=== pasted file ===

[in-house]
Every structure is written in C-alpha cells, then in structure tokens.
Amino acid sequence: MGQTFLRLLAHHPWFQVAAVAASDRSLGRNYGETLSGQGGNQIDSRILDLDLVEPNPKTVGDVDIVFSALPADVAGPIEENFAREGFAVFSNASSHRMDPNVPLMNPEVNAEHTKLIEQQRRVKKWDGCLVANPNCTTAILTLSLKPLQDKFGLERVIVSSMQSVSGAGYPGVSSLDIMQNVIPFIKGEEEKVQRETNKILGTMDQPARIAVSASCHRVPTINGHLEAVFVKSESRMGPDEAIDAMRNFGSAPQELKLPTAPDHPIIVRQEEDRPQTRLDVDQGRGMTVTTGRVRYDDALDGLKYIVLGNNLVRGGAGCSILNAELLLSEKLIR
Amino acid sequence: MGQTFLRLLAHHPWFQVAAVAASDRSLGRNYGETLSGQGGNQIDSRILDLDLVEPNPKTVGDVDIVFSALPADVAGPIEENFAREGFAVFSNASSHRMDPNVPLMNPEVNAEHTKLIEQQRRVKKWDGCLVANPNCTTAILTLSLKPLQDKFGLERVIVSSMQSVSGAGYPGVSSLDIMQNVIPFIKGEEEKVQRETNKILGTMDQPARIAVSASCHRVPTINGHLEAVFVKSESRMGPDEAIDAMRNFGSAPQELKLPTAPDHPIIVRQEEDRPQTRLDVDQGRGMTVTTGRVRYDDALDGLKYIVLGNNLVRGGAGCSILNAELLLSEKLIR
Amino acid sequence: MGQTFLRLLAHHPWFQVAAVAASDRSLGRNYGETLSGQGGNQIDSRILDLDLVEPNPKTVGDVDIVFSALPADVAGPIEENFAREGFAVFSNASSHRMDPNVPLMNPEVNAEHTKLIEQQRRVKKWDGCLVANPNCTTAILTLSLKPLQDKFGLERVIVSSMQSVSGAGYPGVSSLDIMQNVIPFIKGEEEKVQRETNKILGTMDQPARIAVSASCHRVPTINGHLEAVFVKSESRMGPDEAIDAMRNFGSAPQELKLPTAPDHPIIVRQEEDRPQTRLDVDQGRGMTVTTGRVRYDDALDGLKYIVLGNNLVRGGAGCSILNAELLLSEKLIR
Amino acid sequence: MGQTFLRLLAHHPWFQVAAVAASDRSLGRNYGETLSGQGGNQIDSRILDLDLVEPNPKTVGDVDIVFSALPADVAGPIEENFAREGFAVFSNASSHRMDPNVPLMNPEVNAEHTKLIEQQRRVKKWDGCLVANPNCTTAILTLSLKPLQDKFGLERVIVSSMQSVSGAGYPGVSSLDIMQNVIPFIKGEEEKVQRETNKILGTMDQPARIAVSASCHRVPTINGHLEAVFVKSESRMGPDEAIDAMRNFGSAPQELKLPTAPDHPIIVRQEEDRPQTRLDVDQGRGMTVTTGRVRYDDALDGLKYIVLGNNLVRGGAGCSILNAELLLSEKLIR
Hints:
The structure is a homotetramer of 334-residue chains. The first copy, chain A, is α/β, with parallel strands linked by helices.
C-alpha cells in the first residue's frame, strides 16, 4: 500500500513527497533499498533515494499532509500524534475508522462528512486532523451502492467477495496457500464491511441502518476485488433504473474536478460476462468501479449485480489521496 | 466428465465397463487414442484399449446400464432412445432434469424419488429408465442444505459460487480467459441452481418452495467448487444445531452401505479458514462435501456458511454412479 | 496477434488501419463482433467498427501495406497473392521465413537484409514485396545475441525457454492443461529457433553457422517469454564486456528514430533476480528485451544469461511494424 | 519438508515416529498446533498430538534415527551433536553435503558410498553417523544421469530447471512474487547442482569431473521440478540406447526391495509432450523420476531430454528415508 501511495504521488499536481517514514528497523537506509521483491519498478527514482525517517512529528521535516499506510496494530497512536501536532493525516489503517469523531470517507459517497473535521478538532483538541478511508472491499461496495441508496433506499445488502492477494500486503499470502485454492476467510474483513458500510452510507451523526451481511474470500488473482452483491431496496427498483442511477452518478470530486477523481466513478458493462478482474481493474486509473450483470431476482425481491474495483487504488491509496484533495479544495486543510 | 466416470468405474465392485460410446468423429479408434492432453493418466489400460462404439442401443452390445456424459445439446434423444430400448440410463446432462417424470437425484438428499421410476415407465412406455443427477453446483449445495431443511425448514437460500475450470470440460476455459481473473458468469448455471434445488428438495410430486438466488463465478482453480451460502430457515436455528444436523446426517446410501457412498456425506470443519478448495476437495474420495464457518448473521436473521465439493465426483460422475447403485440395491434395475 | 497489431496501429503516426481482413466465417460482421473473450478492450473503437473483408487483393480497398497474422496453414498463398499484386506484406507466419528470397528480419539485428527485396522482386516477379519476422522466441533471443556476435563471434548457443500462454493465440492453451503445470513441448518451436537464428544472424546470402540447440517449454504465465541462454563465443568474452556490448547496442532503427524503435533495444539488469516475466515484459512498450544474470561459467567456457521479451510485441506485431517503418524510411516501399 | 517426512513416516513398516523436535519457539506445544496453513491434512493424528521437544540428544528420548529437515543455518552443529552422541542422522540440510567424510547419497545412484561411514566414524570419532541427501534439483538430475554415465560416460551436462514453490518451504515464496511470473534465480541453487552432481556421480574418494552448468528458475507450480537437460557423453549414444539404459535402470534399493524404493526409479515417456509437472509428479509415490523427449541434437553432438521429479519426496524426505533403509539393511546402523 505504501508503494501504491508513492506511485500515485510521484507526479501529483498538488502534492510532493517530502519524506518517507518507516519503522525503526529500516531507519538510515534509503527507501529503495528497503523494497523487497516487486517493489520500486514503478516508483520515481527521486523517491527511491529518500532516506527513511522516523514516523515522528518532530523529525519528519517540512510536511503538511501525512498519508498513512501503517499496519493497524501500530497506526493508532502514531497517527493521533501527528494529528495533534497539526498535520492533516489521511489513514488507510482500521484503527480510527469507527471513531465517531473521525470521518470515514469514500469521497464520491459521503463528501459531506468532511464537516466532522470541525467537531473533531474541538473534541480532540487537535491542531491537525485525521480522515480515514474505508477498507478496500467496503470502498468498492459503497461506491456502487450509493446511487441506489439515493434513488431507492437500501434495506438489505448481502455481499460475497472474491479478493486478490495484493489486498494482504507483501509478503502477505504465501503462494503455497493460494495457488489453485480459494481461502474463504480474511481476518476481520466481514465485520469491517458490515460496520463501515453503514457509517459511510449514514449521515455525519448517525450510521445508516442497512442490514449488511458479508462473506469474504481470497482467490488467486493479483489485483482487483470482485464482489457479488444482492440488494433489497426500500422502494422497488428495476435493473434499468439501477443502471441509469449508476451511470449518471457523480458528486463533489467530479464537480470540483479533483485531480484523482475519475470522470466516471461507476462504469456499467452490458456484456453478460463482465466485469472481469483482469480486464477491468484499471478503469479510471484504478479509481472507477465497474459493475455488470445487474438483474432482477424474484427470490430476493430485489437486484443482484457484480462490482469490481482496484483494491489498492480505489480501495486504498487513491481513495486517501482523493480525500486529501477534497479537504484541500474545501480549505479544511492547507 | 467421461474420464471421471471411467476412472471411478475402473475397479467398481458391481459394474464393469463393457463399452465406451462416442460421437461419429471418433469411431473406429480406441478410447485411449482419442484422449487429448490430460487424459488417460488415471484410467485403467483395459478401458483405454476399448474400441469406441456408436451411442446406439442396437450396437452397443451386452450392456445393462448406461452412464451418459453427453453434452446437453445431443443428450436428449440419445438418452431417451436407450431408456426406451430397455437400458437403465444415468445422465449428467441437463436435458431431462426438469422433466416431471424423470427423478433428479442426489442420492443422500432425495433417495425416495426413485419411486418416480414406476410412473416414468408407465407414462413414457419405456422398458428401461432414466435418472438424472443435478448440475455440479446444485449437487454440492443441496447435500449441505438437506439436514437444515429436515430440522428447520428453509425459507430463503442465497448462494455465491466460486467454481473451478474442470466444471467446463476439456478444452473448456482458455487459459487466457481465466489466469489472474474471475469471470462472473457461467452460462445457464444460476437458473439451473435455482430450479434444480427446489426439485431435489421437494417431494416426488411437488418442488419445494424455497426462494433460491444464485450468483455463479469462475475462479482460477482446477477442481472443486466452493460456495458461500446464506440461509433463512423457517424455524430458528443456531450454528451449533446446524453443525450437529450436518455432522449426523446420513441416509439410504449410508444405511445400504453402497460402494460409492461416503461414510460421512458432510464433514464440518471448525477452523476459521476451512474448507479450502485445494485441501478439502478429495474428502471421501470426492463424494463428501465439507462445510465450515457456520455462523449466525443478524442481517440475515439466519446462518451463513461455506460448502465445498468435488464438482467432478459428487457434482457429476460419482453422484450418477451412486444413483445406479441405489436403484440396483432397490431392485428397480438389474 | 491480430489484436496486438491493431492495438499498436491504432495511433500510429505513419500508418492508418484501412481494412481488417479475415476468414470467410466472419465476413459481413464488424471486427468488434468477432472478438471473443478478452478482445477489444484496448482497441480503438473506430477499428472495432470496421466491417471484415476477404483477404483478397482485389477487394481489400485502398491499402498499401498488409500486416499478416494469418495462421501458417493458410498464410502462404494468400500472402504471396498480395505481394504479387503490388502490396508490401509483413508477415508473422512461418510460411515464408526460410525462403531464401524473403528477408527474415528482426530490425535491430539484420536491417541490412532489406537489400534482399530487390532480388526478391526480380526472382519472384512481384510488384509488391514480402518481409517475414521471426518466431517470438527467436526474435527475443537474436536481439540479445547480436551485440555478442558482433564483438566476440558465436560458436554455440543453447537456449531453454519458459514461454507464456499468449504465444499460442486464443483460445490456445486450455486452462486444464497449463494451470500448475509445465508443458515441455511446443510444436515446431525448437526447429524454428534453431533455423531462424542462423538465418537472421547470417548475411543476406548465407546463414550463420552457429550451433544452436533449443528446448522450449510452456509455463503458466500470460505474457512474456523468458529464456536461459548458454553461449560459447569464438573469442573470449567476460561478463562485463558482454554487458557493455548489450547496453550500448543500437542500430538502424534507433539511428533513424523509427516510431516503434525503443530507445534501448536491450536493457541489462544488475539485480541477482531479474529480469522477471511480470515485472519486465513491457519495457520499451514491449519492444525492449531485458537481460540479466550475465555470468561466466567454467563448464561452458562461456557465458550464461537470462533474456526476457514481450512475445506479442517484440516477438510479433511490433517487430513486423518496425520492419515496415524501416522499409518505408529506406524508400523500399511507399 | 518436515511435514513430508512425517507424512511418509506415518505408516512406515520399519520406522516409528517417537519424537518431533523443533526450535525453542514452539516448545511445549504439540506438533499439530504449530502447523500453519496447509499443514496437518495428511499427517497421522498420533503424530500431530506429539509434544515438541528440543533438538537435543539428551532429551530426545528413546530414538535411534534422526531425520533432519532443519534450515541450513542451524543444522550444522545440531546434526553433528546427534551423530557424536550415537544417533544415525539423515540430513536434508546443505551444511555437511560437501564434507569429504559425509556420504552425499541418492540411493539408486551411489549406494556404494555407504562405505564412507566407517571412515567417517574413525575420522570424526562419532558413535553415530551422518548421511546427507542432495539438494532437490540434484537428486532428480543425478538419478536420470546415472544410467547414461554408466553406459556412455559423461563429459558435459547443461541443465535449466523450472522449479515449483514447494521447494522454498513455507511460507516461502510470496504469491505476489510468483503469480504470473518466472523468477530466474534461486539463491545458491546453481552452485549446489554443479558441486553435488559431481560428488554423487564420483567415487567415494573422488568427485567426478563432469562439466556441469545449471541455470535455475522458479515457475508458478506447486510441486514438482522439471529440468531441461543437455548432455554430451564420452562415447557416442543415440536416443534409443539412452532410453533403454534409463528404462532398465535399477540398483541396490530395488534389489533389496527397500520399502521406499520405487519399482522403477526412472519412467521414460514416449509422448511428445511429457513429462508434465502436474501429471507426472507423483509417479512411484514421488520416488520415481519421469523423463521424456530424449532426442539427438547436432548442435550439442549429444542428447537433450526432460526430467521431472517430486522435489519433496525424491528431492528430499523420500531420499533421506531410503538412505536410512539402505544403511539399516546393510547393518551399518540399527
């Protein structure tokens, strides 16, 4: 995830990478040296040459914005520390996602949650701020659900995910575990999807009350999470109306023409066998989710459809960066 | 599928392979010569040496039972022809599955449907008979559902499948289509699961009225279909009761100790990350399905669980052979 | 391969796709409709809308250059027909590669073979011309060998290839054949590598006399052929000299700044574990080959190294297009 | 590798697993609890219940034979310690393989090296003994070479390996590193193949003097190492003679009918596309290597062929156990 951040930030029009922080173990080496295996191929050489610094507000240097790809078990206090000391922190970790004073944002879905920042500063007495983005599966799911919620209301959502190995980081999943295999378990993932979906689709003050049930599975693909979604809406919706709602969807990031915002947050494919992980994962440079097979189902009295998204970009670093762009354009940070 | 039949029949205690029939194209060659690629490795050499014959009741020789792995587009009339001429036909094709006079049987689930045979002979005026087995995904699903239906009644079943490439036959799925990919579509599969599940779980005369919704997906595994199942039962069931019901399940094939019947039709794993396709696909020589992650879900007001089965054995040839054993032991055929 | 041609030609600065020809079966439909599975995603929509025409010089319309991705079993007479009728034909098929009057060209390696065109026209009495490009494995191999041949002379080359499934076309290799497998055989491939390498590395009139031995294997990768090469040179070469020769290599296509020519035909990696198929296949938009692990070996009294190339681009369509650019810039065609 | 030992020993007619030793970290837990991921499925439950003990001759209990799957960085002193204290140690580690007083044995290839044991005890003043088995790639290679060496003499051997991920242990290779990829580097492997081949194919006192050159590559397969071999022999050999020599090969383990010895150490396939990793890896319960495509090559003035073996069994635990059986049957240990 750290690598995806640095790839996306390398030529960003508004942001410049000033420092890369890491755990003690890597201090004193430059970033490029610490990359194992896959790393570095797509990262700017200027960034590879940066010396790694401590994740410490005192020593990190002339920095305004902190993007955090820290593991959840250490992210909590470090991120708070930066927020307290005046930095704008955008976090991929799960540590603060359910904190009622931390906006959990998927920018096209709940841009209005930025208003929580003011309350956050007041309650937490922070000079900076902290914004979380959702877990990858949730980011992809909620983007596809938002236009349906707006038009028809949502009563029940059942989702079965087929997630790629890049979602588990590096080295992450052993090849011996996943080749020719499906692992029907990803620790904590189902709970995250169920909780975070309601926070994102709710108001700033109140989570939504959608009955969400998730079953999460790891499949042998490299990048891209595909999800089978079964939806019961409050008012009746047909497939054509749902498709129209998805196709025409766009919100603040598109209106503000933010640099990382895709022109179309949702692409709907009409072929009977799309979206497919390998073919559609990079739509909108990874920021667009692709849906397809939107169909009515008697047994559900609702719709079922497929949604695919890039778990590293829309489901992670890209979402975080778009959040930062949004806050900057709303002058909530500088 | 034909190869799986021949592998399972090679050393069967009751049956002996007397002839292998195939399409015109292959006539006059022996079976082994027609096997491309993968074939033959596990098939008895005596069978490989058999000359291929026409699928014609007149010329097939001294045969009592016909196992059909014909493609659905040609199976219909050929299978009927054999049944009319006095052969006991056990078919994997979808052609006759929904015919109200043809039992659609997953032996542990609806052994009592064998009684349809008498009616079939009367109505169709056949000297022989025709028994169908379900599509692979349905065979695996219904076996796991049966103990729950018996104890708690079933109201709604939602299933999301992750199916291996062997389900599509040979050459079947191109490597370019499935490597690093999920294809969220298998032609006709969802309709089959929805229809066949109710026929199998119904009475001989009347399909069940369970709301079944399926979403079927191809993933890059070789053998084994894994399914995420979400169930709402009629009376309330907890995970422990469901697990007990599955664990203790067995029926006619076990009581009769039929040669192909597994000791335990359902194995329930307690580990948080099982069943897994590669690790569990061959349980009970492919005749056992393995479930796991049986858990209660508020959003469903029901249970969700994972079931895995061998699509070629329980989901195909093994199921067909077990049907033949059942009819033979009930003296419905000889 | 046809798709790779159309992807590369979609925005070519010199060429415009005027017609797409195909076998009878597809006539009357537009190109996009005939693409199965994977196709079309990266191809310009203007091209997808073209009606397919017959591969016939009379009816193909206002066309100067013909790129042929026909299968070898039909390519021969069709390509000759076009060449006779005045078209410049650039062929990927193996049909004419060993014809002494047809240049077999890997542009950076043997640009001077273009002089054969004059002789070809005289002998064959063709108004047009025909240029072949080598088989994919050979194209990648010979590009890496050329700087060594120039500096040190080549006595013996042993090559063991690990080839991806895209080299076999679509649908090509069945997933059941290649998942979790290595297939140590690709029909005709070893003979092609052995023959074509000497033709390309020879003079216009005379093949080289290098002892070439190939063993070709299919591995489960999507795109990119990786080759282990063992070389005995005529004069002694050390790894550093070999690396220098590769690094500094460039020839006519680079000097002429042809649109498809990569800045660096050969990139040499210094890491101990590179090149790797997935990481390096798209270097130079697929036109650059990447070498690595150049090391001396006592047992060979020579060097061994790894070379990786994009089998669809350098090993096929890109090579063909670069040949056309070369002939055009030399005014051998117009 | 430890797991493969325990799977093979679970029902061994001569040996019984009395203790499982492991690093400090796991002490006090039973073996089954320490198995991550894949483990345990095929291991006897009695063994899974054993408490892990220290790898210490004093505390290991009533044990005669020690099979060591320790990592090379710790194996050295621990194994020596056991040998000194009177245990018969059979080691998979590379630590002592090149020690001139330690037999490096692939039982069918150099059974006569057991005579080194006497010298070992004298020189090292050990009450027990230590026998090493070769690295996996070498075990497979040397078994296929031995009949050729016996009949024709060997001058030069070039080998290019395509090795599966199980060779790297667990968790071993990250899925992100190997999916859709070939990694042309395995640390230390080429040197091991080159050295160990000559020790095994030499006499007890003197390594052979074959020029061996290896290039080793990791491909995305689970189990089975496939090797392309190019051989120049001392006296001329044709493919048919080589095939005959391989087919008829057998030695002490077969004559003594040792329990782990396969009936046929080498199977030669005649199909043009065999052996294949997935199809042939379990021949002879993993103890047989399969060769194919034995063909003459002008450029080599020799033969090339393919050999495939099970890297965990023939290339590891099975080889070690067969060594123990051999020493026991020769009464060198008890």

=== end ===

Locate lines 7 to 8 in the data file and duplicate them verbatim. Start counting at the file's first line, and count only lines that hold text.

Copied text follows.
Hints:
The structure is a homotetramer of 334-residue chains. The first copy, chain A, is α/β, with parallel strands linked by helices.